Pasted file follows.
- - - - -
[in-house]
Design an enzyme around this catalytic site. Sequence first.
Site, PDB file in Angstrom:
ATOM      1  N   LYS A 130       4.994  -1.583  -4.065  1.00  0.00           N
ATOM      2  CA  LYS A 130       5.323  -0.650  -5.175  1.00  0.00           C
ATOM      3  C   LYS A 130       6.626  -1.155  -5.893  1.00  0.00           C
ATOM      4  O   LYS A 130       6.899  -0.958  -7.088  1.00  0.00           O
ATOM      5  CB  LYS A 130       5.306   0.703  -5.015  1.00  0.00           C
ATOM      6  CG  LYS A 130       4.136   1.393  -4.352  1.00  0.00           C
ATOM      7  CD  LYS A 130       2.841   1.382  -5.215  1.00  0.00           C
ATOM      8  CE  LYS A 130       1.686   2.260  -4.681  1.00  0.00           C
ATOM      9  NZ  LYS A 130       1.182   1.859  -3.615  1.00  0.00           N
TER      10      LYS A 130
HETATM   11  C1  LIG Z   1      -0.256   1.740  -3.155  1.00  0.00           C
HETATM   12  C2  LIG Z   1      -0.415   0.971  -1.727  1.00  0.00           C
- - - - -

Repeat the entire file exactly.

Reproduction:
[in-house]
Design an enzyme around this catalytic site. Sequence first.
Site, PDB file in Angstrom:
ATOM      1  N   LYS A 130       4.994  -1.583  -4.065  1.00  0.00           N
ATOM      2  CA  LYS A 130       5.323  -0.650  -5.175  1.00  0.00           C
ATOM      3  C   LYS A 130       6.626  -1.155  -5.893  1.00  0.00           C
ATOM      4  O   LYS A 130       6.899  -0.958  -7.088  1.00  0.00           O
ATOM      5  CB  LYS A 130       5.306   0.703  -5.015  1.00  0.00           C
ATOM      6  CG  LYS A 130       4.136   1.393  -4.352  1.00  0.00           C
ATOM      7  CD  LYS A 130       2.841   1.382  -5.215  1.00  0.00           C
ATOM      8  CE  LYS A 130       1.686   2.260  -4.681  1.00  0.00           C
ATOM      9  NZ  LYS A 130       1.182   1.859  -3.615  1.00  0.00           N
TER      10      LYS A 130
HETATM   11  C1  LIG Z   1      -0.256   1.740  -3.155  1.00  0.00           C
HETATM   12  C2  LIG Z   1      -0.415   0.971  -1.727  1.00  0.00           C